Like Asus' motherboards and some of its notebooks, the U80V will also ship with its ExpressGate boot OS. This is accessible via a dedicated button on the left, which when pressed launches a splash screen where you can choose your desired application to then launch.
This slightly obfuscates the 'instant on' credentials, since it still takes around 25 seconds to launch the web browser. Moreover, this is probably the only application you'd want to use, since the various music and photo viewing applications are a bit ugly. Arguably, launching directly to the web browser would be more useful and more instant, eliminating as it would the necessity to choose your application first.
Moving toward the audio visual side of things, the U80V comes out above average. Its display, a 14in, 1,366 x 768 effort, is LED backlit and is very bright and sharp. Viewing angles are decent by laptop standards, while colours are quite vibrant and rich.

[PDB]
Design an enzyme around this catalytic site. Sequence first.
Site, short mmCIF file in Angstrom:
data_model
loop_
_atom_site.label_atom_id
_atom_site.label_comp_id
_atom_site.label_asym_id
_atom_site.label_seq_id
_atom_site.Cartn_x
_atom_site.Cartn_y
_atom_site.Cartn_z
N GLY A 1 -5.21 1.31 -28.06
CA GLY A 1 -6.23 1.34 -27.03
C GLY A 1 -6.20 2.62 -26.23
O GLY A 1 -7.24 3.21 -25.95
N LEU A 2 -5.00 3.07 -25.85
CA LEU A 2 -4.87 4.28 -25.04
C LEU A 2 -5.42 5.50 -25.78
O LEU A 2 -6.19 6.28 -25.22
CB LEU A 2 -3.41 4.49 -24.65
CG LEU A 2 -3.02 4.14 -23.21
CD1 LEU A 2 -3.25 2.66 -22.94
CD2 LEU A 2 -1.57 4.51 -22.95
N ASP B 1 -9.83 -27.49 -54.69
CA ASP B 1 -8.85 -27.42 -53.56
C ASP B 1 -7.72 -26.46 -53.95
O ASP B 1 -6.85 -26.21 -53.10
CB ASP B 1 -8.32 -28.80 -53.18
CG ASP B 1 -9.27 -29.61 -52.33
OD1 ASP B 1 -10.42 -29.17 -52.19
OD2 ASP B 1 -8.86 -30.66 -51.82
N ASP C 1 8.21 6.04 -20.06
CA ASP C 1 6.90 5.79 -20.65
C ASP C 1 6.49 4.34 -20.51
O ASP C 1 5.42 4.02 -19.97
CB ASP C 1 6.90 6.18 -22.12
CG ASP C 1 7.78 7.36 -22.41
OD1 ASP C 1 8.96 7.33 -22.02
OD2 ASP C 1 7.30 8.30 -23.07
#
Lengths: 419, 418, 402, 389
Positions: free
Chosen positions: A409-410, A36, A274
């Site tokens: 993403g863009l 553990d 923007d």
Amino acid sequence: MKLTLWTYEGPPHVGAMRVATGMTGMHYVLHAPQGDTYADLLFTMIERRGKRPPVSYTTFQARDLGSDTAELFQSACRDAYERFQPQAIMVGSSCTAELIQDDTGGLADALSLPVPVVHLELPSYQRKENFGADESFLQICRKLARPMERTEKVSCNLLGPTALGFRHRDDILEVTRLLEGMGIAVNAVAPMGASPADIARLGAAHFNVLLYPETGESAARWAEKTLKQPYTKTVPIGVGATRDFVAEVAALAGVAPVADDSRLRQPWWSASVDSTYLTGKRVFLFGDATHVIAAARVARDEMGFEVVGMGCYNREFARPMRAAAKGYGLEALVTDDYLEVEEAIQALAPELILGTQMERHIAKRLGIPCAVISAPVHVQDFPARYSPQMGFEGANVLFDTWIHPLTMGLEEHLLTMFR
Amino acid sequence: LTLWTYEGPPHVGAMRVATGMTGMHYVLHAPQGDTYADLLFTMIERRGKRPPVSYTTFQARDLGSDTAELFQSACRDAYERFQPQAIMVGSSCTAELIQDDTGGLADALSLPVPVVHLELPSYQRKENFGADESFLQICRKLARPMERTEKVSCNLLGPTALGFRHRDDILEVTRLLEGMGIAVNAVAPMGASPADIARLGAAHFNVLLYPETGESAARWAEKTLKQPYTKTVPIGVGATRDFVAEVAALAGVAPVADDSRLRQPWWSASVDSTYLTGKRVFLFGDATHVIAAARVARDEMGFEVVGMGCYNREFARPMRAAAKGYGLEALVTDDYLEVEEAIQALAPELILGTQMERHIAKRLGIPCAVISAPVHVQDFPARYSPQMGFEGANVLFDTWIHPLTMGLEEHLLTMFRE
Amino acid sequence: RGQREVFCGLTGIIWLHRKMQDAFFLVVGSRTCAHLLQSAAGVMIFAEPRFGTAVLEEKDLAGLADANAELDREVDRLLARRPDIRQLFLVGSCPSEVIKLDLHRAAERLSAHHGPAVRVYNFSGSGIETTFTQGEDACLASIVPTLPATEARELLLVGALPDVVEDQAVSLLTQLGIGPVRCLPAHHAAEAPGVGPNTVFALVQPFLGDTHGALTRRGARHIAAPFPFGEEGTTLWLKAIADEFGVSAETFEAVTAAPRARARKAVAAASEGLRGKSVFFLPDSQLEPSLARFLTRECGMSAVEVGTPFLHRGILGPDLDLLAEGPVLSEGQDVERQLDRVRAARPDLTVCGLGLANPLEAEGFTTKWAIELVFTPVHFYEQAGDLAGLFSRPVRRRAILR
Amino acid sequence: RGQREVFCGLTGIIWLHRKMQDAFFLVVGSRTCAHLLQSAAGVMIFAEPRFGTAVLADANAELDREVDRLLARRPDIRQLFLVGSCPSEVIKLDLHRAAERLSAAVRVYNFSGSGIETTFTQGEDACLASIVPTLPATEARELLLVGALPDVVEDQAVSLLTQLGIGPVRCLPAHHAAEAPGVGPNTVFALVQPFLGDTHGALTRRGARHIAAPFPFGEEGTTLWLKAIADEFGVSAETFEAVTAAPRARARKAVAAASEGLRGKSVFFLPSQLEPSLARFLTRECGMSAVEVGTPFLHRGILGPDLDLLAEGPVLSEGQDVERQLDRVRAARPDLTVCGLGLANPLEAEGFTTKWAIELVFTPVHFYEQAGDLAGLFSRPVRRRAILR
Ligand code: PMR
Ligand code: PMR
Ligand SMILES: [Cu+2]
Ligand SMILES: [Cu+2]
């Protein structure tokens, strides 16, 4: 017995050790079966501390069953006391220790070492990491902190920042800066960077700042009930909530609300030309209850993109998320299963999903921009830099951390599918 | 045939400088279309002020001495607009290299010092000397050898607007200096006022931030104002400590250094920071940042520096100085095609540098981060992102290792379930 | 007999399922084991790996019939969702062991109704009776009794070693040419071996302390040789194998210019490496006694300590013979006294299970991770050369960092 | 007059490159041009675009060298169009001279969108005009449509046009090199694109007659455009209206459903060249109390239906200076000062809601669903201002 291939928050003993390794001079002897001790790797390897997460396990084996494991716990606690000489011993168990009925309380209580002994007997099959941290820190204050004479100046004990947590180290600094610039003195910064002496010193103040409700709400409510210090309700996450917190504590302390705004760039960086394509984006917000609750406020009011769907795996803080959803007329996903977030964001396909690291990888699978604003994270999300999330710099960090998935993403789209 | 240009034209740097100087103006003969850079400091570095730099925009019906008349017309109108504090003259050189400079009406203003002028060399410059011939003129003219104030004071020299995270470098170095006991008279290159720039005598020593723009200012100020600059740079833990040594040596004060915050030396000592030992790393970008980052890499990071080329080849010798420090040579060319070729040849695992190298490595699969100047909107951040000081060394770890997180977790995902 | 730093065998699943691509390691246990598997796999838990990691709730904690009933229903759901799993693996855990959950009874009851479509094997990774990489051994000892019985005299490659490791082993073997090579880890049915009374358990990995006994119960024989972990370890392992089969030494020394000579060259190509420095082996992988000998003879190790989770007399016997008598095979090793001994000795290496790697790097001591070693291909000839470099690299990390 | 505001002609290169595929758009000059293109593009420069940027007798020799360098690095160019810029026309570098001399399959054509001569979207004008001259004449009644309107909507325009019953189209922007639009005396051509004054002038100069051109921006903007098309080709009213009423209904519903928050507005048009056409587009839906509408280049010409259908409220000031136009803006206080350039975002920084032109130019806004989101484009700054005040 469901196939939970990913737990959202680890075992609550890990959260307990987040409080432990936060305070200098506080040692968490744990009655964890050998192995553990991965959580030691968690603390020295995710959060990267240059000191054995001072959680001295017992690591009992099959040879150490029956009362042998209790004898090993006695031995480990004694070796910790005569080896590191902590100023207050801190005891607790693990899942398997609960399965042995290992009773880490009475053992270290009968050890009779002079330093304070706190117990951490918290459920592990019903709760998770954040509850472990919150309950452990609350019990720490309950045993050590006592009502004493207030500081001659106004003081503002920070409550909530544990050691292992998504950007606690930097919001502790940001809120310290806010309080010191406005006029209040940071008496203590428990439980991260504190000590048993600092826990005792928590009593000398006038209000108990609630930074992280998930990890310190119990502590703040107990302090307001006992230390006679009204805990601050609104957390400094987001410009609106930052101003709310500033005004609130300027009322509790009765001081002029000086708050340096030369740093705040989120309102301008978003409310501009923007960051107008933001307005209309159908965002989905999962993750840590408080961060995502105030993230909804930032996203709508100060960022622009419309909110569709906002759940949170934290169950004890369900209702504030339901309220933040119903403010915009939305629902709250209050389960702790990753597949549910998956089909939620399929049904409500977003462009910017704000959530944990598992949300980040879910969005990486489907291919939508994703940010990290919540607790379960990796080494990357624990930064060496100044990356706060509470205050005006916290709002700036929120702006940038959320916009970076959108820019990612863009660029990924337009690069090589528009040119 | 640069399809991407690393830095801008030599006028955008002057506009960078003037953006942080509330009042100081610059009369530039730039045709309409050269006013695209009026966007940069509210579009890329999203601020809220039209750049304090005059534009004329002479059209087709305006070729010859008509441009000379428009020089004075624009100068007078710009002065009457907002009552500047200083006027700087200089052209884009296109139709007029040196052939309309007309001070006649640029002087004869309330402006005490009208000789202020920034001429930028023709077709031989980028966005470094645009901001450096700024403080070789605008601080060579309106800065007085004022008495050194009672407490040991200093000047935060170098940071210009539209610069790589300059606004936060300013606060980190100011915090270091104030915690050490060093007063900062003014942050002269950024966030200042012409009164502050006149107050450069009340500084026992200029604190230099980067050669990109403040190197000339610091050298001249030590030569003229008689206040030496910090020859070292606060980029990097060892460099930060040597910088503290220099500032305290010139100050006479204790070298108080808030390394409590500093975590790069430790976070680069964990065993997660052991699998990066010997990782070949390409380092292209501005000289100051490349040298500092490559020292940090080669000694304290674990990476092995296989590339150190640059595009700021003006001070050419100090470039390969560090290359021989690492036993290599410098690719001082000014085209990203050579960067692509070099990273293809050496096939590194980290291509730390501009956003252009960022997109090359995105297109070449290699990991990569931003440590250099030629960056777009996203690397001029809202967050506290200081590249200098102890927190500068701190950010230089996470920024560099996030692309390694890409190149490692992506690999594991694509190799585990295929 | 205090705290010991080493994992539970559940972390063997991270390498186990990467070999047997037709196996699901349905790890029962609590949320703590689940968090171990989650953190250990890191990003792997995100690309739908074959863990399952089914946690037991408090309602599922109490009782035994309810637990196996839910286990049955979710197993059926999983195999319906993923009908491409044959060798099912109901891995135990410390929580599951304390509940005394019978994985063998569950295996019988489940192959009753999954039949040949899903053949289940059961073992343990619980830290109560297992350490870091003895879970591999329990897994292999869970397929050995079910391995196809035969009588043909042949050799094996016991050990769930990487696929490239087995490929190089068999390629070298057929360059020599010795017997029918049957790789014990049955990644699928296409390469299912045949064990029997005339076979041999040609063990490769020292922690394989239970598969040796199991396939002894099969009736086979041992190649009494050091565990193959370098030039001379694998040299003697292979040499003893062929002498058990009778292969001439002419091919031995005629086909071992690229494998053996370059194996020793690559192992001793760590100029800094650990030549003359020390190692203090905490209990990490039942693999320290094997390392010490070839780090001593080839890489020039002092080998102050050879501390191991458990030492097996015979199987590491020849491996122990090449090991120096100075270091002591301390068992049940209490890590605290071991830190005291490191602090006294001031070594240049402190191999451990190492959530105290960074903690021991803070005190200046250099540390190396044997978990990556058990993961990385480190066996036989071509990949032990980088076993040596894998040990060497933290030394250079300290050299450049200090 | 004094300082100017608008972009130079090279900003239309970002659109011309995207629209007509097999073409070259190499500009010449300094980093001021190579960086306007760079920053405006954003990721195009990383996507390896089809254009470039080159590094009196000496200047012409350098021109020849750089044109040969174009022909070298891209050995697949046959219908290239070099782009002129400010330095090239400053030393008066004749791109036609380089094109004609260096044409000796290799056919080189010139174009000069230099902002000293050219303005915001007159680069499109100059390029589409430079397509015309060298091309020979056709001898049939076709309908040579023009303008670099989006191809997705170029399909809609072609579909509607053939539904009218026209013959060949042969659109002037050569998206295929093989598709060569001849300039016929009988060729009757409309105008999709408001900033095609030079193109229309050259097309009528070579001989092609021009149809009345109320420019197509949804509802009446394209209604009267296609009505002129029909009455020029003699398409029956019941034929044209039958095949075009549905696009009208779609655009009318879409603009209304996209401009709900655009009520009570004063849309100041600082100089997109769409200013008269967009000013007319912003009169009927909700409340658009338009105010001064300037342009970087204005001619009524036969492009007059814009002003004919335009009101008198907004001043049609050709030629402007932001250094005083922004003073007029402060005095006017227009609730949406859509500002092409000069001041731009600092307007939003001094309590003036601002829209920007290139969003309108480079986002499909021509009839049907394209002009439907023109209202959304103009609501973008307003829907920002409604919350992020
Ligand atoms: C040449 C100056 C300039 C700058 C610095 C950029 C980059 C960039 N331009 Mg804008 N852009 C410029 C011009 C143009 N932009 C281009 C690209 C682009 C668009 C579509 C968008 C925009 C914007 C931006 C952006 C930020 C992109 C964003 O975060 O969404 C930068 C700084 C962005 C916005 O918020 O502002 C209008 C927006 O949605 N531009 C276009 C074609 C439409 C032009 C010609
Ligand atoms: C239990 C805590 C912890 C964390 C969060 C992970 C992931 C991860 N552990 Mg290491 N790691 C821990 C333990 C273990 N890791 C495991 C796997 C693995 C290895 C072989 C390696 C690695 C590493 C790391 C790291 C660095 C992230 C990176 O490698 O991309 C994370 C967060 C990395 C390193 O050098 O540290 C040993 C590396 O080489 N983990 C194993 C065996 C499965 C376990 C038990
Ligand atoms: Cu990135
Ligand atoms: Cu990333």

For this model Asus has teamed up with Altec Lansing, so one would expect the speakers on the U80V to be better than most. This is pretty much the case, too. While hardly high fidelity, the U80V does deliver a punchier and more wholesome sound than most laptops in its class. Good enough for a little casual music listening.
Overall, the U80V is an odd beast. There's definitely potential here, but much will depend on how it is priced as to whether it'll be worth investing in. We also rather wish Asus showed a little more attention to detail in its design.